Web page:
• [0032]
    In this example, the GUI 26 also includes a custom playlists area 40. The custom playlists area 40 enables the user 14-1 to define playlists created specifically for the aggregate media collection 24-1.
  • [0033]
    FIG. 3B is a blow-up of the media collection selection area 32 of FIG. 3A. As shown, the media collection selection area 32 includes a list of media collections 42 available to the user 14-1. The user 14-1 is enabled to select desired media collections for aggregation via corresponding check boxes 44-1 through 44-6. In this example, the user 14-1 has selected his local media collection 22-1, which is titled “My Music,” and the shared media collections “Hank's Music,” Manolo's Musica,” “Jeannette's Music,” and “Fred's Place” by activating the corresponding check boxes 44-1 through 44-5. Note that, in this example, the user 14-1 is limited to selecting at most five (5) media collections for aggregation. As such, since five (5) media collections have been selected, the shared media collection “Naomi's Stuff” is grayed-out and cannot be selected by the user 14-1 unless the user 14-1 deselects one of the other selected media collections. Note that the maximum number of media collections that may be selected is preferably a system-defined limit. However, in an alternative embodiment, the user 14-1 may be enabled to define the maximum number of media collections that may be aggregated.
  • [0034]
    Further, unique source indicators 46-1 through 46-5 (hereinafter source indicators 46-1 through 46-5) are assigned to the media collections selected for aggregation. In this example, the source indicators 46-1 through 46-5 are the letters A, B, C, D, and E positioned inside boxes. However, the present invention is not limited thereto. For example, the source indicators 46-1 through 46-5 may alternatively be colors. As discussed below, the source indicators 46-1 through 46-5 are presented in association with elements of the aggregate media collection 24-1 of the user 14-1 in order to identify the source or sources for the elements of the aggregate media collection 24-1 of the user 14-1.
  • [0035]
    Password-protection indicators 48-1 and 48-2 indicate that the corresponding media collections are password protected. As such, the user 14-1 must enter the correct passwords for the password protected media collections before the media collections can be aggregated or, alternatively, before the user 14-1 is enabled to play the media items from the password protected media collections. A progress indicator 50 may be used to show the progress of obtaining or downloading the shared media collection information for the corresponding shared media collection. Thus, in this example, the shared media collection information for the selected shared media collections other than “Fred's Place” have already been downloaded, and the download of the shared media collection information for “Fred's Place” is still in progress.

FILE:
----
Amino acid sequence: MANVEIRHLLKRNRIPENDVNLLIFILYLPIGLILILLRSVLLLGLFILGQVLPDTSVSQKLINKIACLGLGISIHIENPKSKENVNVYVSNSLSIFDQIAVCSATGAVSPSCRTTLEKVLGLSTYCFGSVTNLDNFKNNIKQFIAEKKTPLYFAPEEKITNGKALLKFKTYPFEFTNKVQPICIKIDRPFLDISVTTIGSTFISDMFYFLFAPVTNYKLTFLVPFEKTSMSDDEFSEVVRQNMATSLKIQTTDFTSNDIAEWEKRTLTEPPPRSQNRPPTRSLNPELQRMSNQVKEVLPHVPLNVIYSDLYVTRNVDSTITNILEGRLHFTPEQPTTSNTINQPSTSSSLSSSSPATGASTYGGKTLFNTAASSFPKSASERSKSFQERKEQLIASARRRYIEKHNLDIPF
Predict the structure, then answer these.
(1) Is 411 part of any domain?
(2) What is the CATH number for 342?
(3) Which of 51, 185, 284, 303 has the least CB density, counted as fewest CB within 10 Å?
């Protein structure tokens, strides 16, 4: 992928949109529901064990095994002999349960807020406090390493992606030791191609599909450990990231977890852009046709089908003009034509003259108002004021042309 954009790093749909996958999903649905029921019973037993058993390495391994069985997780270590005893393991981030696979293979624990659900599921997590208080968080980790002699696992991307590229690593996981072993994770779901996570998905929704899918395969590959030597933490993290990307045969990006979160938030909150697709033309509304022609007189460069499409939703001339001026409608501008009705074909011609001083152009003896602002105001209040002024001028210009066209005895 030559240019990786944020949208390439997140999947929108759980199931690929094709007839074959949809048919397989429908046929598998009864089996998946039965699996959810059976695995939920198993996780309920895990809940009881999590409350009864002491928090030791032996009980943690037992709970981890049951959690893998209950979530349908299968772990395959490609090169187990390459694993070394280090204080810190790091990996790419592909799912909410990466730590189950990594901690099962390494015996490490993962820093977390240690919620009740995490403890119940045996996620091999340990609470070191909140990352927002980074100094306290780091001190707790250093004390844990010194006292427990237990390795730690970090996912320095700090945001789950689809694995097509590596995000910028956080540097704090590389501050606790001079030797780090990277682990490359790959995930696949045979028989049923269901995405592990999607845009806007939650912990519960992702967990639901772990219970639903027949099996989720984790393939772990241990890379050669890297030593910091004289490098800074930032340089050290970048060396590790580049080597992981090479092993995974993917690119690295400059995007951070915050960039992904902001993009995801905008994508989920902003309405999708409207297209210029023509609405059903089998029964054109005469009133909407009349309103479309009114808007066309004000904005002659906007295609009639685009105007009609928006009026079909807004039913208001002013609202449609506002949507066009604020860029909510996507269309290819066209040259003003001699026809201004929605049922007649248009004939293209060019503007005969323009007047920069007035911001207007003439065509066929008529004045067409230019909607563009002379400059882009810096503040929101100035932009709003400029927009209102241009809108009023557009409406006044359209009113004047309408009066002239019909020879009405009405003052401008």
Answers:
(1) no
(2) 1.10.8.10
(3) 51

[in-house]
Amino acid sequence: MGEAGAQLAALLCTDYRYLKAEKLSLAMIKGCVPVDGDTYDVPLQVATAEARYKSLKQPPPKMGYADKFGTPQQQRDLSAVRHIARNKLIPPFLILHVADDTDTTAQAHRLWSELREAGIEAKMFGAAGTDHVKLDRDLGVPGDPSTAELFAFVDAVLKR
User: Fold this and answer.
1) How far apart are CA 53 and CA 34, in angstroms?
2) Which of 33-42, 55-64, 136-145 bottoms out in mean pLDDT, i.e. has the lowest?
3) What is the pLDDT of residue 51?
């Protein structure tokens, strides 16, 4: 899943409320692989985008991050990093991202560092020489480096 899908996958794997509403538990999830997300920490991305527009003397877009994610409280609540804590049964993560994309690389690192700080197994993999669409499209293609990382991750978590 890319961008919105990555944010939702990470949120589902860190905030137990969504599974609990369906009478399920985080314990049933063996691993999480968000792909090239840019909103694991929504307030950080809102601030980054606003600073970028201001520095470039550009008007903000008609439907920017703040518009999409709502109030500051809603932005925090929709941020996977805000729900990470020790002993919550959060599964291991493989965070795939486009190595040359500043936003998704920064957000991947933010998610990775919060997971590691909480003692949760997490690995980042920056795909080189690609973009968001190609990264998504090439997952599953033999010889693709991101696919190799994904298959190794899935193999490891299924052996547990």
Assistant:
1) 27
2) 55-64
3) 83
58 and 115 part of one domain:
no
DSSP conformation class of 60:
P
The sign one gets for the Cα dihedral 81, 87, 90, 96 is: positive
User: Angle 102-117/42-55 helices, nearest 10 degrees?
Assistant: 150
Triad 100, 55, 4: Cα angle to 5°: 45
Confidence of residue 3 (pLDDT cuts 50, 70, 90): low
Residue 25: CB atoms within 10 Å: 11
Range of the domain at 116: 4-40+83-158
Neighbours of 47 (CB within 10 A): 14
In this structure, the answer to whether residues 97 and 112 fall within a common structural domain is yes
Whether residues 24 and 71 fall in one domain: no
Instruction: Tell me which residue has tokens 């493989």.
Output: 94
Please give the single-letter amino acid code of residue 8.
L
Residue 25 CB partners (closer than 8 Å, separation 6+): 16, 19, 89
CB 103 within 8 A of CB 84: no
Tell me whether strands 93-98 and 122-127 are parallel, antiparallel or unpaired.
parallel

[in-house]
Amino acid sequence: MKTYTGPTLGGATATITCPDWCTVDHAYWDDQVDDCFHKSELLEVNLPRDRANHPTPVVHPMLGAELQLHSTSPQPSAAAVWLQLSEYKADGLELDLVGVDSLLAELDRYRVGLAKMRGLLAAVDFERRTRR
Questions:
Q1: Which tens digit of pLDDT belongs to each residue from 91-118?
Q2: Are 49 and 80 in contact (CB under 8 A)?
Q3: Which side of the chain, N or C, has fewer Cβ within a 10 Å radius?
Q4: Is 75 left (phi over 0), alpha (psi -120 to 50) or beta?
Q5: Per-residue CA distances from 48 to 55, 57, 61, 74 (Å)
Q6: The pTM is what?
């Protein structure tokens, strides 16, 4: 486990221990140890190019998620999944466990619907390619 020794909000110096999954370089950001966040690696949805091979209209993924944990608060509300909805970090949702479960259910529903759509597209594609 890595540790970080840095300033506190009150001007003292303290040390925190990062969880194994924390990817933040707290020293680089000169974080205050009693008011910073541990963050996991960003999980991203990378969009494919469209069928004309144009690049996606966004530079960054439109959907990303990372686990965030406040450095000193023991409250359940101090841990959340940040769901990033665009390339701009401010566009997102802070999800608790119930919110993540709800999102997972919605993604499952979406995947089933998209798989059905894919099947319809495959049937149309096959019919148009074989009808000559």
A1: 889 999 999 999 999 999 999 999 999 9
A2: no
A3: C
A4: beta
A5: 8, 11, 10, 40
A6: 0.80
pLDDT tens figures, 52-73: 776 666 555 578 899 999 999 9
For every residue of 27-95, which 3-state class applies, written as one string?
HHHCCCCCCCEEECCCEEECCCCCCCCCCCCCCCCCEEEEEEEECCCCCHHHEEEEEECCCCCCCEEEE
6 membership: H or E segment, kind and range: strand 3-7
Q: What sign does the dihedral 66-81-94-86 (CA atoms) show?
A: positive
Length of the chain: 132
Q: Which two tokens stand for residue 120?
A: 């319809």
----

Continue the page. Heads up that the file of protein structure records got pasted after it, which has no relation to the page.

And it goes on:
• [0036]
    In this example, the identifiers for the selected media collections are hierarchical. As such, hierarchical controls 52-1 through 52-5 may be used to expand the identifiers to show a number of subgroups of media items within the corresponding media collections. In this example, the subgroups are playlists. As such, using the shared media collection “Fred's Place” as an example, the hierarchical control 52-5 may be activated to view the playlists included in the shared media collection “Fred's Place,” which are a “Recently Added” playlist and a “Recently Played” playlist.
  • [0037]
    FIG. 3C is a blow-up of the aggregate media collection area 34. As discussed above, the aggregate media collection area 34 generally enables the user 14-1 to navigate his aggregate media collection 24-1. In this example, the aggregate media collection 24-1 is an aggregate music collection. Thus, by selecting a “Music” identifier 54, a list of the unique songs in the aggregate media collection 24-1 of the user 14-1 is presented in the display area 30 (FIG. 3A). Further, in this example, the “Music” identifier 54 is hierarchical. As such, by selecting a hierarchical control 56, the user 14-1 can expand the “Music” identifier 54 to view a list of aggregate playlists 58 in the aggregate music collection 24-1 of the user 14-1.
  • [0038]
    One or more source indicators are presented in association with each of the aggregate playlists in order to identify the source or sources of the media items in the aggregate playlists. The source indicators presented in association with the aggregate playlists correspond to the source indicators 46-1 through 46-5 (FIG. 3B) assigned to the media collections selected for aggregation. As such, the user 14-1 can easily identify which source or sources contribute to each of the aggregate playlists. For example, the “90's Music” playlist has media items from the sources identified by the “B” and “C” source indicators, which in this example are the “Hank's Music” and “Manolo's Musica” shared media collections (FIG. 3B). As another example, the “Top 25 Most Played” playlist has media items from the sources identified by the “B” and “D” source identifiers, which in this example are the “Hank's Music” and “Jeannette's Music” shared media collections (FIG. 3B).